Qualcomm makes big splash into mobile health, remote monitoring

There has long been a gap in remote patient monitoring. The market is crammed with dozens of monitoring devices, apps, and systems that collect and transmit patient biometrics. But in most cases, that data is transmitted to a proprietary vendor database or a health system electronic health record. It's rather a dead-end process, with data unreachable by other players in the patient's continuum of care.

I talked with a new entrant onto the mHealth scene that claims it can change all that. It's a new iteration of the long-time wireless health investment company Qualcomm, which this week metamorphosed its Qualcomm Wireless Health division into a full-blown subsidiary, Qualcomm Life, with two actual mobile medical device products.

I met with senior government affairs director Robert Jarrin and marketing director Anthony Shimkin at the 2011 mHealth Summit in Washington, D.C., about the scope and challenges of the new company.

The first product in the Qualcomm Life stable is 2Net Hub. It's a gateway module that the company says can plug into an electrical outlet and accept and transmit biometric data from a variety of sensors or monitors in the home. You'll recognize some of the device manufacturers that have signed on as 2Net Hub partners already: Mobisante, Sprint, Airstrip, and AliveCor.

The second product is the 2Net Platform, which accepts data transmitted by 2Net Hub devices, anonymizes it, and stores it in a cloud-based databank, Shimkin explained.

Here's where things get interesting: The 2Net Platform then provides informatics and analytic software for a variety of end users who can access the data--everyone from consumers to insurance companies to providers such as hospitals and physicians, he says. In one way, the project seems hopelessly ambitious--collecting data from dozens of disparate, unrelated systems, creating algorithms for sorting and analyzing that data, plus building myriad user interfaces and reporting mechanisms for vastly different user groups.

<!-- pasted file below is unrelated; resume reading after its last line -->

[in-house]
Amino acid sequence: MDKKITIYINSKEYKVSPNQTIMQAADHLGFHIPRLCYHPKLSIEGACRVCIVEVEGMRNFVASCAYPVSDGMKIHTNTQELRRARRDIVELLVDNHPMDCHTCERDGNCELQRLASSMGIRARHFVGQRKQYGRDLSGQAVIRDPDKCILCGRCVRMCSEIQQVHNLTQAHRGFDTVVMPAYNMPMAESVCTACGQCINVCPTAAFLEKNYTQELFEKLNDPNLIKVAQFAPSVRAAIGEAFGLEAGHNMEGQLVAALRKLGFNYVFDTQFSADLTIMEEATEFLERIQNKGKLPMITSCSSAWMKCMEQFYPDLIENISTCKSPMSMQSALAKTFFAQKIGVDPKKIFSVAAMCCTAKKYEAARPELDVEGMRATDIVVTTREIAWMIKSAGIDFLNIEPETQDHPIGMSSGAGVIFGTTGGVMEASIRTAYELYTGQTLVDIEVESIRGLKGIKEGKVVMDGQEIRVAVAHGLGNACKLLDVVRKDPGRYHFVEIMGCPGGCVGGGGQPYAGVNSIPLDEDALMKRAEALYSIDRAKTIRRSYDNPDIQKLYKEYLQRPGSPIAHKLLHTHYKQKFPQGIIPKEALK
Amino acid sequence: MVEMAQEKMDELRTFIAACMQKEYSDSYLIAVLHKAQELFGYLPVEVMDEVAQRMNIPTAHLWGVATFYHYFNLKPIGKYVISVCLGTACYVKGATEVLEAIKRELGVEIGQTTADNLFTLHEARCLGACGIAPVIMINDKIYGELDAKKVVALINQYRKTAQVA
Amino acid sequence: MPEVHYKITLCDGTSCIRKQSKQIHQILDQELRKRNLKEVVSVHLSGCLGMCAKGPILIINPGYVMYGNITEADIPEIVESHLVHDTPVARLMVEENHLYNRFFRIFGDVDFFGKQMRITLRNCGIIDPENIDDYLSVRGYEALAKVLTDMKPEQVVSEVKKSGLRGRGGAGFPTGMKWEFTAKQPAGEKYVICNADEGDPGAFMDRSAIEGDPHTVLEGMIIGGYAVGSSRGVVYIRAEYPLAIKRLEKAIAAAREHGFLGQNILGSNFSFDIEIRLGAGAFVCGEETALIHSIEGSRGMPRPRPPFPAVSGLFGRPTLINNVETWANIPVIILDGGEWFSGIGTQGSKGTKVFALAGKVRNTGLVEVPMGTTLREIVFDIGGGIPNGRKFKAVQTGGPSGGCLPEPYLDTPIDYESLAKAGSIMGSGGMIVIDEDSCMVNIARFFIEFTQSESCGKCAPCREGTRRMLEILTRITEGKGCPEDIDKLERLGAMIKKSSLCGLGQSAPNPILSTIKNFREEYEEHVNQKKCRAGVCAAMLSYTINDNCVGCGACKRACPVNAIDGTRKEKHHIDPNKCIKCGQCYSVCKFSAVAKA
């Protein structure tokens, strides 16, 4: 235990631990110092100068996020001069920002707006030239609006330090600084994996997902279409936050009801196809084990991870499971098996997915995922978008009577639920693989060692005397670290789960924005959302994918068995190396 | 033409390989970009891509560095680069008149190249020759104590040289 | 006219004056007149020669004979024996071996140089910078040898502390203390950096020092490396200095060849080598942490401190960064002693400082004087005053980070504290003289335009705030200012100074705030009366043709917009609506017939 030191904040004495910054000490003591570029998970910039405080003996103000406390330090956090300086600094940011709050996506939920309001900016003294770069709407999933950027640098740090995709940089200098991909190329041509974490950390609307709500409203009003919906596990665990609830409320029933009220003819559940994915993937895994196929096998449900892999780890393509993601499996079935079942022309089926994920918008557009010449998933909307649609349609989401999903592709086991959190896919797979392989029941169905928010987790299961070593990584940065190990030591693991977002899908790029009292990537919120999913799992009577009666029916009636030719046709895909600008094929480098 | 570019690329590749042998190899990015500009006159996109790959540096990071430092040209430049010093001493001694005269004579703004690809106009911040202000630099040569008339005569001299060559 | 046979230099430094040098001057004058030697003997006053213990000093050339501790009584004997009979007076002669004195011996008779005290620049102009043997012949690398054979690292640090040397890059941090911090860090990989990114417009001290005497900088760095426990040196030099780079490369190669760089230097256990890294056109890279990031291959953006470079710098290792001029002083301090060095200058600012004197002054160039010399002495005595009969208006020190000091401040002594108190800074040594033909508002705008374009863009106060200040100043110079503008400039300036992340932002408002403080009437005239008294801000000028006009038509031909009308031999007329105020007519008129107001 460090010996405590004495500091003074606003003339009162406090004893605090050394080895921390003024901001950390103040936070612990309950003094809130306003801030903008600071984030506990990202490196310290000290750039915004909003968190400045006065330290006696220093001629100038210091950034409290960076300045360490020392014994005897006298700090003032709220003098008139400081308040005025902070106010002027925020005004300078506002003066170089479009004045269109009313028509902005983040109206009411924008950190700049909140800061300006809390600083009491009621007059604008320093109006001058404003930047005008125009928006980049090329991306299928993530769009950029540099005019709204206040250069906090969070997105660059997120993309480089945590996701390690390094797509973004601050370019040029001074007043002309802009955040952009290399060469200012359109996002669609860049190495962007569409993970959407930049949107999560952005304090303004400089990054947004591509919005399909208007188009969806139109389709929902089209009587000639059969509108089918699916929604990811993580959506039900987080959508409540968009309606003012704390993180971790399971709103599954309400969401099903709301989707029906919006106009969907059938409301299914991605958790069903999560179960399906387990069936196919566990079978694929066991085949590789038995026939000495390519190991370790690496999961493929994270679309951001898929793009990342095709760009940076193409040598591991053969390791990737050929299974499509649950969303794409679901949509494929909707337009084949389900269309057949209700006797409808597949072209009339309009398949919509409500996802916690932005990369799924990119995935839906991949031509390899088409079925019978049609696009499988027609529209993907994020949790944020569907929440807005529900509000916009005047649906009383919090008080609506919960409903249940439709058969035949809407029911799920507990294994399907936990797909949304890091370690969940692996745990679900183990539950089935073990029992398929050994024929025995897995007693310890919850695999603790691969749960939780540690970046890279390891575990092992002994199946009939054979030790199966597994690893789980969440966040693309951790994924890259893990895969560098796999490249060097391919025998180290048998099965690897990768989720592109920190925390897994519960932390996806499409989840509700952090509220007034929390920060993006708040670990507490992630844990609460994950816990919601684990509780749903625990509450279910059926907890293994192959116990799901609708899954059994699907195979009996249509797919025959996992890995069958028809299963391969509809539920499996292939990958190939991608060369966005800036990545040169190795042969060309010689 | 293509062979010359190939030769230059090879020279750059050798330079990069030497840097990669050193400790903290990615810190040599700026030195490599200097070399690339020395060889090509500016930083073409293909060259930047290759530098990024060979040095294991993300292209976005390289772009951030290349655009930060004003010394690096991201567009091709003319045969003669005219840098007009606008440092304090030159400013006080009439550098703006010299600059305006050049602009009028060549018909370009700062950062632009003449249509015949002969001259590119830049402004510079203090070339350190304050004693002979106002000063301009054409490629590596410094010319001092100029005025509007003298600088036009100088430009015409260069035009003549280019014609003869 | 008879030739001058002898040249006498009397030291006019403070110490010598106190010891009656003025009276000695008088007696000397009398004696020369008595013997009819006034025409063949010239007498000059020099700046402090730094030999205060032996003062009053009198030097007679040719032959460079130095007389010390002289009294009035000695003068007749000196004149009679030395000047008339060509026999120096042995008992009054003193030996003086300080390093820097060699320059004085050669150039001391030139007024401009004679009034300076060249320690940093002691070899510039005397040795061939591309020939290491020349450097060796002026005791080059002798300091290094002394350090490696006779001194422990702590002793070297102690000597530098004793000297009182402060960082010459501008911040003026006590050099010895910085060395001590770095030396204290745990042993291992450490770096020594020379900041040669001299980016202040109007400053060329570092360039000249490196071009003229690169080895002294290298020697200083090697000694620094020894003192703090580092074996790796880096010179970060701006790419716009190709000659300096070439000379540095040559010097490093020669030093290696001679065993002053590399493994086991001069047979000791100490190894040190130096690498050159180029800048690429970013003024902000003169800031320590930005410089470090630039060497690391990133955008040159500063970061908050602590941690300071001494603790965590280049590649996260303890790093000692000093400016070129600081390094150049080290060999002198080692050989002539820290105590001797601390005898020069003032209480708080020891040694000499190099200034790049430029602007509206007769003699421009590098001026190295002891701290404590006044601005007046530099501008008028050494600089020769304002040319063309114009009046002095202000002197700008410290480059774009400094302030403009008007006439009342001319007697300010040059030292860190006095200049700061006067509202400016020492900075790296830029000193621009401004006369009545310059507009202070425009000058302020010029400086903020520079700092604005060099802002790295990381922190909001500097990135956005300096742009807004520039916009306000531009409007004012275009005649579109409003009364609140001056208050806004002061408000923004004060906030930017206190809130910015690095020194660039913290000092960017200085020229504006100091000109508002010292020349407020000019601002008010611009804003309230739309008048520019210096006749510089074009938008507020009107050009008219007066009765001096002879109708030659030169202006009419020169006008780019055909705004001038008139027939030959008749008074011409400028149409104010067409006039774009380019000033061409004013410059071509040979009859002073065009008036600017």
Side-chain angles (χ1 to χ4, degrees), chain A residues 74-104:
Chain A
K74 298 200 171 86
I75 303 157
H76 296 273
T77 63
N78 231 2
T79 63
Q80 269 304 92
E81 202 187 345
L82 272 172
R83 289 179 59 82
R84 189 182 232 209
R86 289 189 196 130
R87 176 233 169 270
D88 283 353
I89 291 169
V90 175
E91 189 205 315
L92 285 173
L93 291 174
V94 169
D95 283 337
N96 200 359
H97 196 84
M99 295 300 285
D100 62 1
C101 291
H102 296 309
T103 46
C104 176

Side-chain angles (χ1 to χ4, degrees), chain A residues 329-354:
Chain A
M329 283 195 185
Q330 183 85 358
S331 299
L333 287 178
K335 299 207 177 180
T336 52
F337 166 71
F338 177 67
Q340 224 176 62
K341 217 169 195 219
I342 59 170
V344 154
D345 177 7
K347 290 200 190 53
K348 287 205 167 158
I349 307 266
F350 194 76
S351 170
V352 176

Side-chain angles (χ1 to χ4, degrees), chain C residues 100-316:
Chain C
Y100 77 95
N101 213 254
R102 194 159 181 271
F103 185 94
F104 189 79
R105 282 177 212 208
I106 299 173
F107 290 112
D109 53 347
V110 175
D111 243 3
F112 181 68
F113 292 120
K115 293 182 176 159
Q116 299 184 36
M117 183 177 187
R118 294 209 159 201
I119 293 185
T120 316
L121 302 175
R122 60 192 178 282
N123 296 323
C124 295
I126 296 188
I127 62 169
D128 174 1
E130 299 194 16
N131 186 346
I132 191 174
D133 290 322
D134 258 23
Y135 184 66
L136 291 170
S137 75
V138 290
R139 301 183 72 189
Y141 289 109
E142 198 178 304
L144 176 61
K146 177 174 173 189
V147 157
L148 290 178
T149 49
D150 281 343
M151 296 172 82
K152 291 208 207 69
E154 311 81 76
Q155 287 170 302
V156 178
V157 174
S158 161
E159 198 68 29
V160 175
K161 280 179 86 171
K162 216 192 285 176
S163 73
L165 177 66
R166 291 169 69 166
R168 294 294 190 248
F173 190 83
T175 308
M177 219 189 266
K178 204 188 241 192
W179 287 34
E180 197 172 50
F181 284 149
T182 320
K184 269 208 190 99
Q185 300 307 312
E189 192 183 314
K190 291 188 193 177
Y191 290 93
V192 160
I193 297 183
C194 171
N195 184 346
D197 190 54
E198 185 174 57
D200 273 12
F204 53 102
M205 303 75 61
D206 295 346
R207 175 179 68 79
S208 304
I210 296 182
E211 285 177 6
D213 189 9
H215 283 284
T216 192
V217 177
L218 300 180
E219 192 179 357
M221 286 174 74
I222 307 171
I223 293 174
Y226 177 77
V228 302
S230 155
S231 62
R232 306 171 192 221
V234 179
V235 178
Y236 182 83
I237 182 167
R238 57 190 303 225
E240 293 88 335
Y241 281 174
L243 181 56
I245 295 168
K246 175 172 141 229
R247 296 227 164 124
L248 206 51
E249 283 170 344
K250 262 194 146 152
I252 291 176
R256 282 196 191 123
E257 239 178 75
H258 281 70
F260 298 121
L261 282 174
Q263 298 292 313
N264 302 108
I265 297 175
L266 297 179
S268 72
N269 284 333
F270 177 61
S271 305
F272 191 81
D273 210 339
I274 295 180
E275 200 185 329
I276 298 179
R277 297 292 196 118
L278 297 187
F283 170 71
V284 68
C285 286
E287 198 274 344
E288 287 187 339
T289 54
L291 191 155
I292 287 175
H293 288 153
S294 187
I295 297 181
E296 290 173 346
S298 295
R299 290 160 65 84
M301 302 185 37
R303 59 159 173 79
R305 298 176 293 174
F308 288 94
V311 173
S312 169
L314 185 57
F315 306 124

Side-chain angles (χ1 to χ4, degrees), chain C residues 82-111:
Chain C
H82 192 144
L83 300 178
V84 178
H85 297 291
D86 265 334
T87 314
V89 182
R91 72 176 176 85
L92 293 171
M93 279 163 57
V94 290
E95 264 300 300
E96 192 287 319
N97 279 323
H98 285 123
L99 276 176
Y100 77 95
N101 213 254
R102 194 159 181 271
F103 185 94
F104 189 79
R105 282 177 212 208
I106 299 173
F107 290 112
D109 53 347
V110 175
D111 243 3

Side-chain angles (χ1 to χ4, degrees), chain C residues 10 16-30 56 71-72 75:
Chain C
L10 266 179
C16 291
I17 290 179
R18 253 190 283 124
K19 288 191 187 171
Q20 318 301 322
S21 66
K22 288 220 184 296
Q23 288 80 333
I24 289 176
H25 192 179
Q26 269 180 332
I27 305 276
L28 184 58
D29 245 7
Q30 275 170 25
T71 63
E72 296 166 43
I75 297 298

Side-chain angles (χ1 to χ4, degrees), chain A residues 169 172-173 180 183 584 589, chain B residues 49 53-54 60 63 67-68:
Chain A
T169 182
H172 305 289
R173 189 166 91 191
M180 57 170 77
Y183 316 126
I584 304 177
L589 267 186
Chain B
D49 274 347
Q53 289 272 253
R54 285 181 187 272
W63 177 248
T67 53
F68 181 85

But in another, its mission may not be quite so overblown. I talked to several of the partners and potential users of the Qualcomm Life products, and the overall message was that storing and sharing the data through a central, cloud-based facility shouldn't be too difficult. Even configuring that database to accept data from all the different medical devices and apps should be workable. Qualcomm's core wireless connectivity services were centered upon as proof that it could handle the data transmission side of things.

Where it seems the new Qualcomm Life could stumble is on the clinical side--being able to parse out the data needed by different end users, in formats and dataflows that match up to consumer preferences, insurance claims processes or physician workflows. Shimkin was undaunted, noting that while the company hasn't created any of the reporting that ultimately will flow out of the informatics/analysis segment, it is "speccing those out now."

One important note: Qualcomm bills both 2Net Hub and 2Net Platform as device- or technology-agnostic, and they are in theory. But they're not exactly plug-and-play; only partner organizations can hook up through the hub or platform, Jarrin said.

And then there is the third piece of the Qualcomm Life puzzle--a $100 million investment fund called Qualcomm Life Fund. This certainly is a sweet spot for Qualcomm, which already sported an investment fund of a little less than half that size under the Qualcomm Wireless Health banner, Shimkin notes. The five startups already on the books now will be shifted into the Qualcomm Life fund, according to Shimkin.

Just as I am with AT&T, Verizon, Cisco, Intel and other non-mHealth giants, I'll be keeping my eye on Qualcomm's moves in the remote patient monitoring market. I'm fascinated to see how far they can go! - Sara